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Furman athletic community reacts to death of NBA legend Kobe Bryant

Gianna and Kobe Bryant
Gianna “Gigi” Bryant and her father, Kobe, at the WNBA All-Star Game on July 27, 2019. Photo credit: Ethan Miller/Getty Images

The shocking death of NBA legend Kobe Bryant on Sunday morning in a helicopter crash that also killed eight other people, including Bryant’s 13-year-old daughter Gianna, has elicited a torrent of emotional reactions from across the world of sports as people struggle to come to grips with the loss of one of the most electric players the game of basketball has ever seen. Bryant, who had four daughters, was known for his support of women’s basketball, which is something former WNBA player Rushia Brown ’94 saw first hand as player programs and franchise development manager of the Las Vegas Aces.

“He was a legend and icon, but in his post-career he had become such an ambassador for the women’s game,” Brown said in an email. “He brought Gigi (the family’s nickname for Gianna) and her team to our season opener last year and brought them all in the locker room to meet all the Aces players. We had just reached out to him to get sizes to send them gear for the 2019 season. We had players that were flying out to work with him at the Mamba Academy. His impact on the game was only going to get bigger, and I, along with the rest of the world, will mourn this great leader.”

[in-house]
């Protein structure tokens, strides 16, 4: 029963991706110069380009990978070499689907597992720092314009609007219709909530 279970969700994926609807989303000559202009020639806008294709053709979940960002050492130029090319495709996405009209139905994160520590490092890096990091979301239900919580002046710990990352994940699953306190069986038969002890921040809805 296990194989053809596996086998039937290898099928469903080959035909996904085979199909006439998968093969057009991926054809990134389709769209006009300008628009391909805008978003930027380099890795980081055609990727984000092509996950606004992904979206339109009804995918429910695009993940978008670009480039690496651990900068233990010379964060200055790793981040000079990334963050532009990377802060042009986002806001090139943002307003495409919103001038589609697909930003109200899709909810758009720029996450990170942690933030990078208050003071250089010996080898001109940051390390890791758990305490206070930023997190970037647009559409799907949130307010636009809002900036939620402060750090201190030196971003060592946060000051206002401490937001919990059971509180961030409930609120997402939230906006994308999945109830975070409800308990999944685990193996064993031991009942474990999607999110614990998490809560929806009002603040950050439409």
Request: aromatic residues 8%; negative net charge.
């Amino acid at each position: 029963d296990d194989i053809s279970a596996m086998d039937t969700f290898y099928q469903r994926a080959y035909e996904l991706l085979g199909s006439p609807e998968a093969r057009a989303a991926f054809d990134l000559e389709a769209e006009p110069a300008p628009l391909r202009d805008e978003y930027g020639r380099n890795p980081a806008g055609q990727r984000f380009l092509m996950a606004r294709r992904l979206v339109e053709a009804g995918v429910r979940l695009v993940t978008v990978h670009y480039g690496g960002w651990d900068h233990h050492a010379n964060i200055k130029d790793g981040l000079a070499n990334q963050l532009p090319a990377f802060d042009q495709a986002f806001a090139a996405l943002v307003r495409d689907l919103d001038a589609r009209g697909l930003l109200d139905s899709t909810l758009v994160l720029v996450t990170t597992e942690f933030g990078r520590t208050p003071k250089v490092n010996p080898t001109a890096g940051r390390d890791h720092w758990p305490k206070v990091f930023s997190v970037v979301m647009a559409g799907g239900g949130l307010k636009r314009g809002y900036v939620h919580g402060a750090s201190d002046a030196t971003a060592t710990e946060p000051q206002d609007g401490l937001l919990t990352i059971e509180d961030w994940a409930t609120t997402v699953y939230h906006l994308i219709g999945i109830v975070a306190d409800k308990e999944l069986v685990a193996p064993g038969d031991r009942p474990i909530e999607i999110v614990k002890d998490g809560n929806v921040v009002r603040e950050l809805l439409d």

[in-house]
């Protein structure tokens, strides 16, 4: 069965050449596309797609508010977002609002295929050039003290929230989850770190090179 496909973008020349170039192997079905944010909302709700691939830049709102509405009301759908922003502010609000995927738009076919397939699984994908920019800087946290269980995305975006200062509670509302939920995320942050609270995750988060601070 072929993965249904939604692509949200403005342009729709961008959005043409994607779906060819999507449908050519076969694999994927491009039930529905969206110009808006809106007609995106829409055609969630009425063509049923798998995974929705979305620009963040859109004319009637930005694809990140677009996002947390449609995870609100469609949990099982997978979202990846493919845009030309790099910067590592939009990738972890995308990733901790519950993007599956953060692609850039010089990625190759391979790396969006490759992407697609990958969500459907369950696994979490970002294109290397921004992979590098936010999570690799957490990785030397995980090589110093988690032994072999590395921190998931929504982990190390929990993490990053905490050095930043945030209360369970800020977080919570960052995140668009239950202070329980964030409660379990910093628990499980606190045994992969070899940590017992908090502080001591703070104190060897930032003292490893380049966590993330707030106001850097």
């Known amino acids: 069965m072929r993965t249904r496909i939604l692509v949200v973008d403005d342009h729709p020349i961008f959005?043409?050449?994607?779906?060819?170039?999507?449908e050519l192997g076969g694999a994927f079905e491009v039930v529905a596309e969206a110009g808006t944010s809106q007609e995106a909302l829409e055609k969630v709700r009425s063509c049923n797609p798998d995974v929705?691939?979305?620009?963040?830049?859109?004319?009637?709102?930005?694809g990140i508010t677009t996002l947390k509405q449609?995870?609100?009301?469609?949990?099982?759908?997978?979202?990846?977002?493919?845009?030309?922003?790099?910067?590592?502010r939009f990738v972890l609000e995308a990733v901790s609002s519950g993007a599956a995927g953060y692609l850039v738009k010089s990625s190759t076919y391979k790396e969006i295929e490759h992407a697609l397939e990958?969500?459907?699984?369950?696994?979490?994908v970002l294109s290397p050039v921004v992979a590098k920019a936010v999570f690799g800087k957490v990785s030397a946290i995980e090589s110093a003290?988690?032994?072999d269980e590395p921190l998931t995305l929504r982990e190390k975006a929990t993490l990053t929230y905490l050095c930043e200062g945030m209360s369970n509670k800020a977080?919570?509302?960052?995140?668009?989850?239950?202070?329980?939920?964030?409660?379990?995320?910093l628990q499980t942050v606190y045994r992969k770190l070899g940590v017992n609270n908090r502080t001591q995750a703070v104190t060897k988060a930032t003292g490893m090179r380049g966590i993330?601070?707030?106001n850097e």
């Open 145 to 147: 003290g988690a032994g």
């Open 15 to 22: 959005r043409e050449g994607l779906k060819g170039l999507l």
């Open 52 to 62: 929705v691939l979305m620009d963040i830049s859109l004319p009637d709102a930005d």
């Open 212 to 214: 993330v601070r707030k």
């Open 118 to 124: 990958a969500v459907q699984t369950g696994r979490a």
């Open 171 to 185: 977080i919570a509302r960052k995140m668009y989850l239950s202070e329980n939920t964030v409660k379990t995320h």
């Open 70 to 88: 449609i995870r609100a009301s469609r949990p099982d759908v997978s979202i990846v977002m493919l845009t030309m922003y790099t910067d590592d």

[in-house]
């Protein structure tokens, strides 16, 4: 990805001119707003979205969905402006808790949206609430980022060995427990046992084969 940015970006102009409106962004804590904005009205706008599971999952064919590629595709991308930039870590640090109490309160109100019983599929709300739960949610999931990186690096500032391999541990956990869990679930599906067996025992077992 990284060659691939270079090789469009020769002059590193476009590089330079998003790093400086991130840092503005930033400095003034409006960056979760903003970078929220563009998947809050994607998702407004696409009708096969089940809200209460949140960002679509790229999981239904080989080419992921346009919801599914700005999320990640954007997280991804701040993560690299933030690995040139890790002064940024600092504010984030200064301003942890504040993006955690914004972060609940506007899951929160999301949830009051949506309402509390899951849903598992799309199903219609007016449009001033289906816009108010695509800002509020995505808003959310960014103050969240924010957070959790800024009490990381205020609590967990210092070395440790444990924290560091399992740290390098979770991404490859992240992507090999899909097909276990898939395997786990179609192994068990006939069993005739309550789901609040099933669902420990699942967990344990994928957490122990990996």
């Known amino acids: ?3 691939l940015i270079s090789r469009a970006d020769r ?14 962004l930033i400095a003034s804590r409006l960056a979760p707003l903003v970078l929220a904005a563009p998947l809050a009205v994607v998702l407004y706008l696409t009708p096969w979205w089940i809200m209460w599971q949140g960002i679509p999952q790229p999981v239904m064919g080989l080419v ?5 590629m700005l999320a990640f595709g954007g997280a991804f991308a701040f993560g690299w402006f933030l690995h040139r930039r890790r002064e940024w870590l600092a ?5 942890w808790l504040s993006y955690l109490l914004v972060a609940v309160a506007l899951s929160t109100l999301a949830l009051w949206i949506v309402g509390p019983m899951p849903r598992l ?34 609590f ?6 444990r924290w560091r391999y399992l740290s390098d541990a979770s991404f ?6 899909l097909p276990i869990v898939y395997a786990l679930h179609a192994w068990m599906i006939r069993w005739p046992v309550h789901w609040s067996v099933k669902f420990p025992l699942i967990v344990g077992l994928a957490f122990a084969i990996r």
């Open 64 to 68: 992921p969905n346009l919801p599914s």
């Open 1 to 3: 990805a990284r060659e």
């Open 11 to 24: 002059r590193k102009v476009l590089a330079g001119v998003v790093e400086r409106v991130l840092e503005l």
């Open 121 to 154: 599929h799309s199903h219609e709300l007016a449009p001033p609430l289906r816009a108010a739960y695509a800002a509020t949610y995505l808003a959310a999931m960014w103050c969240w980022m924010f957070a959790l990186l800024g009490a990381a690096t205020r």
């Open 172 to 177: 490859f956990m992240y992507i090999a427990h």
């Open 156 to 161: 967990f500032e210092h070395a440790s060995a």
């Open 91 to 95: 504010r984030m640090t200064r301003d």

Kim Bohuny ’84, the NBA’s senior vice president for international basketball operations, met Bryant when he represented the U.S. on two Olympic teams. Like many others, she marveled at his competitiveness and determination to improve.

“Working for the NBA and serving on the USA Basketball Board of Directors provided me the honor of getting to know Kobe Bryant,” Bohuny said in an email. “During the 2008 Olympics in China and the 2012 Olympics in London, I was able to witness his incredible work ethic and drive to be the best at his craft.  Not only was he the last to leave practice each morning, he would then lift weights in the afternoon and get extra shots up each night. Always pushing himself to be the best prepared before the next game.”

Bohuny echoed Brown’s observation about Bryant’s focus on boosting the women’s game in retirement.

“We not only lost a basketball icon but someone who was committed to helping the next generation of basketball players, especially young women,” she added.

Brown, Furman’s all-time leading scorer, said Bryant’s death left her “numb.” Other current and former Paladin athletes like soccer great Clint Dempsey ’05, Jordan Lyons ’20, who currently leads the men’s team in scoring, and women’s coach Jackie Smith Carson ’00 were similarly moved:


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